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Biogen Surges After Sales of Drug for Deadly Muscle Disease Beat Estimates

  • New drug for deadly muscle disease had $47 million in sales
  • Shares rise as hopes for potential blockbuster sustained

Biogen Inc. surged the most this year as its new therapy for a rare and deadly muscle disease started strong in its first full quarter, bolstering chances the drug will become a blockbuster.

Biogen’s Spinraza, a treatment for spinal muscular atrophy, had $47 million in sales, the company said Tuesday in a statement, more than three times the $15.1 million average estimate of analysts. Spinraza will surpass the blockbuster threshold of $1 billion in annual sales in two years, analysts predict. 

Spinraza is “sprinting out of the gates,” Eric Schmidt, an analyst with Cowen & Co., wrote in a note to clients. “We expect continued rapid sales growth.”

Biogen rose as much as 5.4 percent, the most intraday since Dec. 9, and was up 4.7 percent to $289.86 at 10:14 a.m. in New York.

The company’s mainstay drugs are treatments for multiple sclerosis, a group under increased threat since Roche Holding AG entered the market last month with Ocrevus. Widely hailed for its effectiveness, Ocrevus is also priced lower than many competitors. Though Biogen is entitled to a share of Ocrevus sales through a royalty agreement, analysts worry that may not be enough to make up for its loss of market share and diminished ability to raise prices. 

CEO’s First Results

Ocrevus is most likely to hit sales of Biogen’s drug Tysabri, Chief Financial Officer Paul Clancy said on a conference call, and could also hurt sales of the company’s top drug, the multiple sclerosis pill Tecfidera.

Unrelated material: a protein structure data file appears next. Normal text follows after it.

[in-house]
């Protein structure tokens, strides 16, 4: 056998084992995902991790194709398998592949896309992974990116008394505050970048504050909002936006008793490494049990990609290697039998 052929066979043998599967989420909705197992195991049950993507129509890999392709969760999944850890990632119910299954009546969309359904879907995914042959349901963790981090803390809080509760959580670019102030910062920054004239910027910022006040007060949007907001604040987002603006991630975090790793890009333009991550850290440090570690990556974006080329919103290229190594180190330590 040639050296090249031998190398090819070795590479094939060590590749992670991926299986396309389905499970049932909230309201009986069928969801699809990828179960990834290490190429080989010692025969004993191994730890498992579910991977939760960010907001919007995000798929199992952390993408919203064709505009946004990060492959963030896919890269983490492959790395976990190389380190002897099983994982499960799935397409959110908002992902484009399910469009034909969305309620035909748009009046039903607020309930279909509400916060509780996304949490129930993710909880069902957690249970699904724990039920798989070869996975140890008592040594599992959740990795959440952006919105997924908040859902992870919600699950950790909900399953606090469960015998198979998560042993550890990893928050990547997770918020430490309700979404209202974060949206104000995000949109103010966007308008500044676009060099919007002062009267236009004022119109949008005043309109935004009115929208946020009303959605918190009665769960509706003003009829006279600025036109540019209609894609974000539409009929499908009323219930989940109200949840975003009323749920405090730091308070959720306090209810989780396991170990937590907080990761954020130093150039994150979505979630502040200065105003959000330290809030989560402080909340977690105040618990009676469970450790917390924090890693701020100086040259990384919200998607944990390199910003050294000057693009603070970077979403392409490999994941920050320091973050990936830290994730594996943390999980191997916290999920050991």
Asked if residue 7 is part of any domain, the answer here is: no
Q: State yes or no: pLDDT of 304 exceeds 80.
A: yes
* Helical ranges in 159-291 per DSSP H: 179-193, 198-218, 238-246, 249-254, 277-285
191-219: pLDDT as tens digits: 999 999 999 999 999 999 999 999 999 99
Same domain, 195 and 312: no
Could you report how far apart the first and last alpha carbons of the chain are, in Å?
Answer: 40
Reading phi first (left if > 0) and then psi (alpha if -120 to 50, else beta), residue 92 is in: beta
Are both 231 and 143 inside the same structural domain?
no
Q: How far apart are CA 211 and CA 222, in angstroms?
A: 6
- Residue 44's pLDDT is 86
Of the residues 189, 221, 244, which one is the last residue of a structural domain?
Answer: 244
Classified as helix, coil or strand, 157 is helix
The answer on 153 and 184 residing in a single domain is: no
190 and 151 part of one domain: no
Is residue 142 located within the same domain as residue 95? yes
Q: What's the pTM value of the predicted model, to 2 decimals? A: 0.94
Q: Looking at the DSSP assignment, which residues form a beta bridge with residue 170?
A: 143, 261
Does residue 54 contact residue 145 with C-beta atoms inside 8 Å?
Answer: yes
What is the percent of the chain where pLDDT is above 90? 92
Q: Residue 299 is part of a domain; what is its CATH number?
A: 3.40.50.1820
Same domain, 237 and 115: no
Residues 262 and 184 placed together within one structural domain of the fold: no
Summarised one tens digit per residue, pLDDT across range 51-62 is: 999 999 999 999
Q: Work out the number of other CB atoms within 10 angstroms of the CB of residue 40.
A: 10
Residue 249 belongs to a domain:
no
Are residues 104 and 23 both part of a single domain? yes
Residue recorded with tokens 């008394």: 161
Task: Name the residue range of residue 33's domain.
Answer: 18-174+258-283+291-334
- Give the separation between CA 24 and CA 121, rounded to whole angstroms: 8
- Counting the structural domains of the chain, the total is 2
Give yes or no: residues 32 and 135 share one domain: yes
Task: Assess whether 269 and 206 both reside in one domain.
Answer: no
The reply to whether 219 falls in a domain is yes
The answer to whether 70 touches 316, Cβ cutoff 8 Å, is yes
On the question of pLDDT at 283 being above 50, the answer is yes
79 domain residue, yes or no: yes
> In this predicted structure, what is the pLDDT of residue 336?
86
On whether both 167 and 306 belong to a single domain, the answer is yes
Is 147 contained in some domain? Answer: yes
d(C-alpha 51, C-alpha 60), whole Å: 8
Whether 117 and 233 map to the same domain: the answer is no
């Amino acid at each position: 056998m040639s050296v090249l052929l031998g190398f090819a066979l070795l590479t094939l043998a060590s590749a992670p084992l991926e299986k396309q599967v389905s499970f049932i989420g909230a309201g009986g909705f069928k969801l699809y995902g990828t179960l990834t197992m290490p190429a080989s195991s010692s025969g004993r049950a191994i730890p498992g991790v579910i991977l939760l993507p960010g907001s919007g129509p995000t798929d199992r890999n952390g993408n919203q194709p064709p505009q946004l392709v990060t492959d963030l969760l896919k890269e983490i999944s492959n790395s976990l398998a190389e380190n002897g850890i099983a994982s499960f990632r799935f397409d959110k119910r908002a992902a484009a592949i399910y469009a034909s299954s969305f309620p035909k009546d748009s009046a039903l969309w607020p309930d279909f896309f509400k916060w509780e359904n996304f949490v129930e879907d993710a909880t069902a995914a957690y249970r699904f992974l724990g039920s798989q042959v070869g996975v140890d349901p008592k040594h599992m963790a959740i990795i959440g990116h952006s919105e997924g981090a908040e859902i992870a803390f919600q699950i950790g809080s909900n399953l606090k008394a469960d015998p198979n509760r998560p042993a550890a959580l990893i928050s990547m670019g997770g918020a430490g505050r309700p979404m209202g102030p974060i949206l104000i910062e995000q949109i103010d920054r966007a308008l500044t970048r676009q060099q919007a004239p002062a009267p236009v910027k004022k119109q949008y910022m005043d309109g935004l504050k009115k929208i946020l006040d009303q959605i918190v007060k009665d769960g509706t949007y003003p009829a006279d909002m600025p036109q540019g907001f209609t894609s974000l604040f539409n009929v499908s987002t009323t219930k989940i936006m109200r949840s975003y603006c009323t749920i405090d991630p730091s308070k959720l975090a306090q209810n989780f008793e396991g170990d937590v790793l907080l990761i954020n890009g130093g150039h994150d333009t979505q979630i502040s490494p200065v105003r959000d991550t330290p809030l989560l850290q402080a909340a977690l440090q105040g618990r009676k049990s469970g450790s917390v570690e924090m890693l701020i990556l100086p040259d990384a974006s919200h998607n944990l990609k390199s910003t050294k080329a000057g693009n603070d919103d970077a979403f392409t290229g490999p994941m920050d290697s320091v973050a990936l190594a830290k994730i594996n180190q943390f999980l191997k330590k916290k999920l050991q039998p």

Earnings excluding some items were $5.20 a share in the first quarter, Cambridge, Massachusetts-based Biogen said in the statement. That beat the average of analysts’ estimates, $4.97. Revenue was $2.8 billion, while analysts had estimated $2.73 billion.

Biogen’s multiple sclerosis drugs bested expectations for the quarter, helped by $545 million in sales of the Tysabri injection that beat analysts’ average estimate of $481 million. The company’s lead drug, Tecfidera, had $958 million in quarterly sales, missing the $979 million expected by analysts. That was driven down by about $50 million to $60 million because less drug than usual was held by distributors, the company said.

The quarterly results are Biogen’s first under new Chief Executive Officer Michel Vounatsos. The CEO has promised to boost sales by focusing on Spinraza and creating ways to keep patients on the company’s lead product, Tecfidera. He is also doubling down on the drugmaker’s focus on neurology and conducting a review of the business. Biogen said Tuesday that it will discuss results from that review in July. On the earnings call, Vounatsos emphasized Biogen’s eagerness to do more dealmaking, echoing comments that research and development head Michael Ehlers made last week.

Spinraza’s Dash

Spinraza, developed in partnership with Ionis Pharmaceuticals Inc., has proved an unexpected windfall to Biogen, dashing from late-stage trials to U.S. approval in just a few months last year. In the more severe cases of spinal muscular atrophy, a disease in which babies lack a crucial nerve protein, the condition is a death sentence which Spinraza has been shown in many cases to avert. 

Analysts had a difficult time determining how Spinraza’s first-quarter sales would look because the condition is so rare. Spinraza costs $750,000 for the first 12 months of treatment and $375,000 each year after that.

Only 25 percent of Spinraza vials dispensed so far have been through Biogen’s free drug program, according to company slides posted Tuesday, suggesting that the therapy is winning speedy reimbursement from payers.

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